Who is James Baca: The Notorious Banker?

Good question.

Some days, I wish I knew as well. This is what I do know, I am here to help.

I did 13 years. 13 long years. Not in the penitentary, but at 0002050 and 0009731. Those sound like they can be inmate numbers, but they are actually the “cost center (store) numbers” of the two Bank of America branches I worked at that have since closed down. Socorro, NM and Las Cruces, NM were my stops on this crazy Bank of America journey I was on.

One building is currently another bank, and the other is an empty shell of a building that is in serious need of renovation before it is good enough to be an Herbalife “Fitness” center.

2007 – Teller in Socorro, NM
August 2018 – My last month at BofA

Ahh, Herbalife, one of the many businesses I opened accounts for.

They are known for overselling every person with a dream, mainly because I had a dream to be the best banker that I was. But you know what? I was always the best banker, because I was forced to oversell every person with a dream, and my charm, my confidence, and my conversation skills were used to fleece America that much more.

James in 2009

I was near number 1 in the city, market, region, whatever method that Bank of America segmented, I was always one of the best. I didn’t get paid or treated like the best. I got treated like how Bank of America treats its clients, full of excitement at first, then apathy, then full on despised for not going away.

I never missed a day of work. If I would lose my voice, I would still show up and try to help any way I can, despite the fact I was sick. I remember one day when I was riddled at work with the flu, I would get chewed out for not hoarsely pitching the latest credit card promotion.

Years ago, I lost my uncle to cancer, and instead of sympathy and condolences, I get a thinly-veiled attempt to discredit my reason for the day off, asking me questions about my relationship with my uncle to discredit my closeness to him in order to keep me at work. After all, it was the 1st of the month.

Did you and your uncle ever go to sporting events?

Did your uncle show up at Christmas dinner or was he more of a distant uncle?

Did he have nicknames for you?

These were really some of the questions asked by a market leader of my late uncle, and I was summarily denied the day off to attend his funeral.

That was strike one with me and BofA.

2016, I decide to do an adult thing and with my wife, get a home loan with Bank of America. I mean, I only sell the damn things for them, so I might as well practice what I preach.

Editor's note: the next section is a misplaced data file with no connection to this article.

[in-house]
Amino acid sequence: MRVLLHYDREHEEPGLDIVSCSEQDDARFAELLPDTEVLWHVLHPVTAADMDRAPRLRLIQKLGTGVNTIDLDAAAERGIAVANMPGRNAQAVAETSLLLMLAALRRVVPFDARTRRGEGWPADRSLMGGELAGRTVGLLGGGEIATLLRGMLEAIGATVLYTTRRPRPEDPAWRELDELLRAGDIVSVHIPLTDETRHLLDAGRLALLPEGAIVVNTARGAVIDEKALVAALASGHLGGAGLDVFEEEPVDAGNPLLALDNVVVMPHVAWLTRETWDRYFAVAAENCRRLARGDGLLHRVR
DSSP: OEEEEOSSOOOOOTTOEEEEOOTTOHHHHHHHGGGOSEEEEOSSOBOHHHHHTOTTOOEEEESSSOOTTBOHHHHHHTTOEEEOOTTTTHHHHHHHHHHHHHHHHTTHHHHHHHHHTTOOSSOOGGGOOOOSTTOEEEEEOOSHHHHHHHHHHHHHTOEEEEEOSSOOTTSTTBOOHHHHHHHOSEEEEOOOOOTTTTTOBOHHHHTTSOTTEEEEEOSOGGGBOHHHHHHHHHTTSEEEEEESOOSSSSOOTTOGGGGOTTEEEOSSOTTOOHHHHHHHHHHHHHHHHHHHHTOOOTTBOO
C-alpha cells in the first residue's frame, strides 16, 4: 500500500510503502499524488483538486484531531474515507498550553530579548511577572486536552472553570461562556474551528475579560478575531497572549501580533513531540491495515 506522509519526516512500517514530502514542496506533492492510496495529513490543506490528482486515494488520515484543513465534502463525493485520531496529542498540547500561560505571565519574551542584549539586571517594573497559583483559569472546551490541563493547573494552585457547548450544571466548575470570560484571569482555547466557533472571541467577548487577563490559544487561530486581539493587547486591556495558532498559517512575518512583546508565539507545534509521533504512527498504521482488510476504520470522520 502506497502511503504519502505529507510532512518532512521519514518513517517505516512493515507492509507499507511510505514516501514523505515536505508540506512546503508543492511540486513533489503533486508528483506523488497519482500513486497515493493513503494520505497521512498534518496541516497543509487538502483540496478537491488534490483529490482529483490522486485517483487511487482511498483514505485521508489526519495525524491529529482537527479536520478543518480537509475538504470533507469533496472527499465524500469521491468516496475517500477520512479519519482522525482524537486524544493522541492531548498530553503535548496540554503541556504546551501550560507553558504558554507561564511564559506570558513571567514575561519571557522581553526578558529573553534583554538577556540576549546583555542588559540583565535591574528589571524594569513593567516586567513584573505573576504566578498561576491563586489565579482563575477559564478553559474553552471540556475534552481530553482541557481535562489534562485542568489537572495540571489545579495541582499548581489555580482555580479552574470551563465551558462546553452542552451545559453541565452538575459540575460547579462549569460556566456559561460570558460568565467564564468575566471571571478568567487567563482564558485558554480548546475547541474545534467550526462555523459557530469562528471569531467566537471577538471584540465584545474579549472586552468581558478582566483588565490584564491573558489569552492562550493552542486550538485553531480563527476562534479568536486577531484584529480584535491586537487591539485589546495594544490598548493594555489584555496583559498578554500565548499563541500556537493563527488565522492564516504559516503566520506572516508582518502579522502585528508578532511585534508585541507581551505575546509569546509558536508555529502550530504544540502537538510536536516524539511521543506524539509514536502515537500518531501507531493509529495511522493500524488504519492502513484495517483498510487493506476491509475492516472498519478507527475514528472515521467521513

119 days, 3 credit pulls on my wife and 7 days of sleeping on the floor later, We still didn’t have closing documents, and Bank of America was asking for a 4TH (4TH!!!) appraisal on the home, which runs over $500 each time. It was systematically a tactic used to make us want to give up our dream. I have heard stories like this since, from many people, mostly of color or in an economically disadvantaged area that this happens to them as well.

I emailed the head of consumer lending at the time, D. Steve Boland BLASTING the home loan department for doing to us what I blindly at the time didn’t realize they did to others, and that is stall the process until the people they don’t want to help withdraw their application or the realtors get pissed at the buyer for “being unprepared”. I told them that I was sleeping on a floor of an apartment with no running water to shower for work, where I was then expected to get home loan apps to put people through the same stuff.


We get a reply. Not from Boland. Do you think he answers his own mail? No. Some concierge writes back and tells us we will speak to someone else for help. We call that guy, and he doesn’t pick up the phone. (BTW, I have all emails and documents from this experience that I will publish in book form someday)

My Home. BofA put my wife and I through hell to get it.

I stood firm in fighting back against my own company. I wasn’t going to let them take my dream.

3 days later, I got my house after nearly giving up on everything. I threatened to quit. I threatened to go to the media. We sign the closing docs and 2 days after getting the keys to our new home, Bank of America sends us an overnight letter telling us that they sold our mortgage to a small company in Tennessee called Roundpoint. It was their way of basically telling us, “You people are problems, and we never wanted your loan.” That was strike two.

September 2017 was the last straw. My twin nieces Ariya and Briella were born at 22 weeks, way way too early. I feared for their lives. We went from going to a football game on a Saturday night to being an aunt and uncle again several months before we anticipated.

I did what I don’t normally do, and that’s pray. I prayed everything would be ok. Briella passed away the next day. Ariya survived, and she’s still doing amazing to this day, but not after an insane fight to stay alive.